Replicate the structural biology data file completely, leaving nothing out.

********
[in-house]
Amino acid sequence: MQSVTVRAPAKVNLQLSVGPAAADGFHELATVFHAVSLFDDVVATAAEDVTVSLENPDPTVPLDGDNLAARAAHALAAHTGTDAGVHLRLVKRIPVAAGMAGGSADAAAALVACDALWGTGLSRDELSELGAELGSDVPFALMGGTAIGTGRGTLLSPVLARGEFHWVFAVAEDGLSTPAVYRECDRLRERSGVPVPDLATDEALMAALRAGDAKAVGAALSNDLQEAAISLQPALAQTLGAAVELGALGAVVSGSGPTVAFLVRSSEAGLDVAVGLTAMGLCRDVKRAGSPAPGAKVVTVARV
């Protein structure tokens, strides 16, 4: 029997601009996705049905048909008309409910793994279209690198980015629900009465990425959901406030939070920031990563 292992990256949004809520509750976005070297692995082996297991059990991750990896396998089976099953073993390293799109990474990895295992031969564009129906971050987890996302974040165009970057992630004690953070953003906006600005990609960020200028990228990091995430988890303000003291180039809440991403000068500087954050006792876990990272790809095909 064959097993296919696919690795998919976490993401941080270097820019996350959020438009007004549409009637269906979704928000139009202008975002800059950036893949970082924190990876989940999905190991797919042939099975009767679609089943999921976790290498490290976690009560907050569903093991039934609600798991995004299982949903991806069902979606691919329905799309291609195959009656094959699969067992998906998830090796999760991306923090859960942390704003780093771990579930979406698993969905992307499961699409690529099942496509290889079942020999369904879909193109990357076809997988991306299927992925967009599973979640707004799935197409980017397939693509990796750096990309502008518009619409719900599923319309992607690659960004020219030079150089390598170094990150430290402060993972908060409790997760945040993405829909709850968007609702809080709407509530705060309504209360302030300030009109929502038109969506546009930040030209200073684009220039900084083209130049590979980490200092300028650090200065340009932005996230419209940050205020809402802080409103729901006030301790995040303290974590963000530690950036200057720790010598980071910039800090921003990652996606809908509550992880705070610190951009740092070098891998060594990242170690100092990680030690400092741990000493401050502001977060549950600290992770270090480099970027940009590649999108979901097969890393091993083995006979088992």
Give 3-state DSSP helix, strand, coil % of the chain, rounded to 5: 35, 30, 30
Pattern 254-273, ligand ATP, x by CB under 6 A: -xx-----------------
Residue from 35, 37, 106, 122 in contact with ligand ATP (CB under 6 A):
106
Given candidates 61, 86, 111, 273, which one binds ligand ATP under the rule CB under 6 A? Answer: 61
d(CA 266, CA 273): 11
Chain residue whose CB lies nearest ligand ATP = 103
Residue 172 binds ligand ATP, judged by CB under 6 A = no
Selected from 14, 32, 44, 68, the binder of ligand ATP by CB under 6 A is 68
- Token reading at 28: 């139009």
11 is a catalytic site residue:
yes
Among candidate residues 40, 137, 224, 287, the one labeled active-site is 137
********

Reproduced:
[in-house]
Amino acid sequence: MQSVTVRAPAKVNLQLSVGPAAADGFHELATVFHAVSLFDDVVATAAEDVTVSLENPDPTVPLDGDNLAARAAHALAAHTGTDAGVHLRLVKRIPVAAGMAGGSADAAAALVACDALWGTGLSRDELSELGAELGSDVPFALMGGTAIGTGRGTLLSPVLARGEFHWVFAVAEDGLSTPAVYRECDRLRERSGVPVPDLATDEALMAALRAGDAKAVGAALSNDLQEAAISLQPALAQTLGAAVELGALGAVVSGSGPTVAFLVRSSEAGLDVAVGLTAMGLCRDVKRAGSPAPGAKVVTVARV
């Protein structure tokens, strides 16, 4: 029997601009996705049905048909008309409910793994279209690198980015629900009465990425959901406030939070920031990563 292992990256949004809520509750976005070297692995082996297991059990991750990896396998089976099953073993390293799109990474990895295992031969564009129906971050987890996302974040165009970057992630004690953070953003906006600005990609960020200028990228990091995430988890303000003291180039809440991403000068500087954050006792876990990272790809095909 064959097993296919696919690795998919976490993401941080270097820019996350959020438009007004549409009637269906979704928000139009202008975002800059950036893949970082924190990876989940999905190991797919042939099975009767679609089943999921976790290498490290976690009560907050569903093991039934609600798991995004299982949903991806069902979606691919329905799309291609195959009656094959699969067992998906998830090796999760991306923090859960942390704003780093771990579930979406698993969905992307499961699409690529099942496509290889079942020999369904879909193109990357076809997988991306299927992925967009599973979640707004799935197409980017397939693509990796750096990309502008518009619409719900599923319309992607690659960004020219030079150089390598170094990150430290402060993972908060409790997760945040993405829909709850968007609702809080709407509530705060309504209360302030300030009109929502038109969506546009930040030209200073684009220039900084083209130049590979980490200092300028650090200065340009932005996230419209940050205020809402802080409103729901006030301790995040303290974590963000530690950036200057720790010598980071910039800090921003990652996606809908509550992880705070610190951009740092070098891998060594990242170690100092990680030690400092741990000493401050502001977060549950600290992770270090480099970027940009590649999108979901097969890393091993083995006979088992």
Give 3-state DSSP helix, strand, coil % of the chain, rounded to 5: 35, 30, 30
Pattern 254-273, ligand ATP, x by CB under 6 A: -xx-----------------
Residue from 35, 37, 106, 122 in contact with ligand ATP (CB under 6 A):
106
Given candidates 61, 86, 111, 273, which one binds ligand ATP under the rule CB under 6 A? Answer: 61
d(CA 266, CA 273): 11
Chain residue whose CB lies nearest ligand ATP = 103
Residue 172 binds ligand ATP, judged by CB under 6 A = no
Selected from 14, 32, 44, 68, the binder of ligand ATP by CB under 6 A is 68
- Token reading at 28: 């139009």
11 is a catalytic site residue:
yes
Among candidate residues 40, 137, 224, 287, the one labeled active-site is 137